Most Recent 12 Week Flow within Equity and Fixed Income Exchange Traded Funds: Chart data is the most recent 12 weeks from Bloomberg's ETF database (matched to the Wednesday to Wednesday reporting format of the ICI), the weekly average for 2014, and the weekly year-to-date average for 2015. In the third table are the results of the weekly flows into and out of the major market and sector SPDRs:

 

ICI Fund Flow Survey | Ongoing Rotation to ETFs - ICI7

 

ICI Fund Flow Survey | Ongoing Rotation to ETFs - ICI8



Sector and Asset Class Weekly ETF and Year-to-Date Results: In sector SPDR callouts, investors contributed +$135 million or +6% to the materials XLB ETF, more than replacing the prior week's -$94 million withdrawal.

 

ICI Fund Flow Survey | Ongoing Rotation to ETFs - ICI9



Cumulative Annual Flow in Millions within Equity and Fixed Income Exchange Traded Funds: Chart data is the cumulative fund flow from Bloomberg's ETF database for each year starting with 2013.

 

ICI Fund Flow Survey | Ongoing Rotation to ETFs - ICI17

 

ICI Fund Flow Survey | Ongoing Rotation to ETFs - ICI18



Net Results:

The net of total equity mutual fund and ETF flows against total bond mutual fund and ETF flows totaled a positive +$6.2 billion spread for the week (+$4.2 billion of total equity inflow net of the -$2.0 billion outflow from fixed income; positive numbers imply greater money flow to stocks; negative numbers imply greater money flow to bonds). The 52-week moving average is +$968 million (more positive money flow to equities) with a 52-week high of +$27.9 billion (more positive money flow to equities) and a 52-week low of -$19.0 billion (negative numbers imply more positive money flow to bonds for the week.)

  

ICI Fund Flow Survey | Ongoing Rotation to ETFs - ICI10

 


Exposures:
The weekly data herein is important for the public asset managers with trends in mutual funds and ETFs impacting the companies with the following estimated revenue impact:

 

ICI Fund Flow Survey | Ongoing Rotation to ETFs - ICI11 



Jonathan Casteleyn, CFA, CMT 

 

 

 

Joshua Steiner, CFA







Inflation Expectations, OPEC and China

Client Talking Points

INFLATION EXPECTATIONS

As Janet Yellen jawboned the dollar higher yesterday, all things inflation expectations and dollar settled commodities headed south: Oil = -4.4%, XLE = -3.1%, Gold = -1.5%, Copper = -1.8%, 5YR Breakevens = -1.7 bps, etc.  While energy price comps will ease beginning in late 1Q16, a sustained attempt at domestic policy “normalization” will only perpetuate strong dollar disinflationary pressure at home and continue to pressure currencies and growth expectations abroad, particularly across EM, developing and commodity economies.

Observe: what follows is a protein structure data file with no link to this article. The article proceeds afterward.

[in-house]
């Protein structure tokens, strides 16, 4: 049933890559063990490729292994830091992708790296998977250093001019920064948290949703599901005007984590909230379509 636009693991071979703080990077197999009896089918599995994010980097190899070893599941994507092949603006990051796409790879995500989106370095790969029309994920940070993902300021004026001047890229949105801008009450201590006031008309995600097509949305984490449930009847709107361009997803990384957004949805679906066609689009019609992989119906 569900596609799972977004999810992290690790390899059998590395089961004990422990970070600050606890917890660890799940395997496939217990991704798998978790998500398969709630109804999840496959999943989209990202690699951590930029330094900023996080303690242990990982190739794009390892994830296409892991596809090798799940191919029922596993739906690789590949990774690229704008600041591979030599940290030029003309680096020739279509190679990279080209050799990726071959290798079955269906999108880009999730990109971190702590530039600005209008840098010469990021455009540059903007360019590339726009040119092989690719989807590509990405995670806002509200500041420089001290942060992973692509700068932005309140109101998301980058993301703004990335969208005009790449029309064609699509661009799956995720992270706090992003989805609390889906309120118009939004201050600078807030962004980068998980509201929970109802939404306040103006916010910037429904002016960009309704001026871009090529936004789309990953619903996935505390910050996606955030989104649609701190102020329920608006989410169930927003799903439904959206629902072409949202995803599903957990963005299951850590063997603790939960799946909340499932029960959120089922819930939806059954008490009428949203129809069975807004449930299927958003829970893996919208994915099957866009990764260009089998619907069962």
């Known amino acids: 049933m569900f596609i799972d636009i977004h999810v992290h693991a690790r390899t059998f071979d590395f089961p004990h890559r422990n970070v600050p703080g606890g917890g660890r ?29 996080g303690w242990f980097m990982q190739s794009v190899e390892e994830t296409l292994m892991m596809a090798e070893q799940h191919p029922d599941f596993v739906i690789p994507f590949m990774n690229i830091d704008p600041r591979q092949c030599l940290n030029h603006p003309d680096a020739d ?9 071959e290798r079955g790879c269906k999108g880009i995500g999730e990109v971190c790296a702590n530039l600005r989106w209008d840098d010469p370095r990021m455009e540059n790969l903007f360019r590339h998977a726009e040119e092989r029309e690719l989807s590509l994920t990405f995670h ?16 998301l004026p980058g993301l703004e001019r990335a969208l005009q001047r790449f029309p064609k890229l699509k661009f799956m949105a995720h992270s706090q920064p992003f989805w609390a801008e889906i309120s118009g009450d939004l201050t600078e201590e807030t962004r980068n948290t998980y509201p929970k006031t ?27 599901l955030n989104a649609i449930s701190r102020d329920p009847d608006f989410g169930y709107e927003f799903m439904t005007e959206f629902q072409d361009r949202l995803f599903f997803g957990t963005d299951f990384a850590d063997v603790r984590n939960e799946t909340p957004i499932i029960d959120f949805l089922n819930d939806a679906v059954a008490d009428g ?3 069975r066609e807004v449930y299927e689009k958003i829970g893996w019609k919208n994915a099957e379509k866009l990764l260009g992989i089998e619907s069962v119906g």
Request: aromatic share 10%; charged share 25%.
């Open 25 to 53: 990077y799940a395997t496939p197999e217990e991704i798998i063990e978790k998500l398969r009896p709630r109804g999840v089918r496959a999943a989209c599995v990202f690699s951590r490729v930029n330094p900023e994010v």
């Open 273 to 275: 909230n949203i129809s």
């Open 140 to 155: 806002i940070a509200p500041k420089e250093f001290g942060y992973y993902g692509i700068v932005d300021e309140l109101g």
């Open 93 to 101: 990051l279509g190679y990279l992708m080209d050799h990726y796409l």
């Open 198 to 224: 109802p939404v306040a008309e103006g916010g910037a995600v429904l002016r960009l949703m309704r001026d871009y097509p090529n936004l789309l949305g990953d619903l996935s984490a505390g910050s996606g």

OPEC

OPEC members with the highest production costs and fiscal break-evens are creating quite a bit of noise around production cuts ahead of tomorrow’s meeting. Saudi Arabia has changed its tone in a sense from last year after oil has been cut 45% from the last meeting in saying that it would consider a cut if those within OPEC (namely Iraq), and those outside of OPEC (namely Russia) are willing to cut production. Russia has already said it has no interest in complying or attending the meeting. Stick with the relative monetary catalysts (ECB today) and Jobs Report tomorrow for direction on the USD and commodities. 1 and 3-month correlations between the USD and WTI are tightening up again at -.68 and .79 for WTI (r-squared).  

CHINA

Mainland Chinese markets strengthened on Thursday with the Shanghai rising +1.35% and the Shenzhen adding +2.50% with banks and property developers were among the leading gainers amid expectations of more stimulus following a spate of November PMI data that confirmed an ongoing contraction in China’s manufacturing industry – most notably with the official National Federation of Logistics and Purchasing Managers index falling to 49.6 (the lowest since August 2012). On the stimulus front, the PBoC injected CNY30B in liquidity during regular open market operations today, bringing the net liquidity injection in the week-to-date to CNY50B. This marked the largest weekly injection since early September. With key structural headwinds intact and various high-frequency indicators continuing to slow on a trending basis across a variety of key metrics, we continue to caution against anticipating a recovery in Chinese economic growth over the intermediate-term TREND or long-term TAIL.

 

*Tune into The Macro Show with Macro analyst Darius Dale and Hedgeye CEO Keith McCullough at 9:00AM ET - CLICK HERE

Asset Allocation

CASH 69% US EQUITIES 3%
INTL EQUITIES 6% COMMODITIES 0%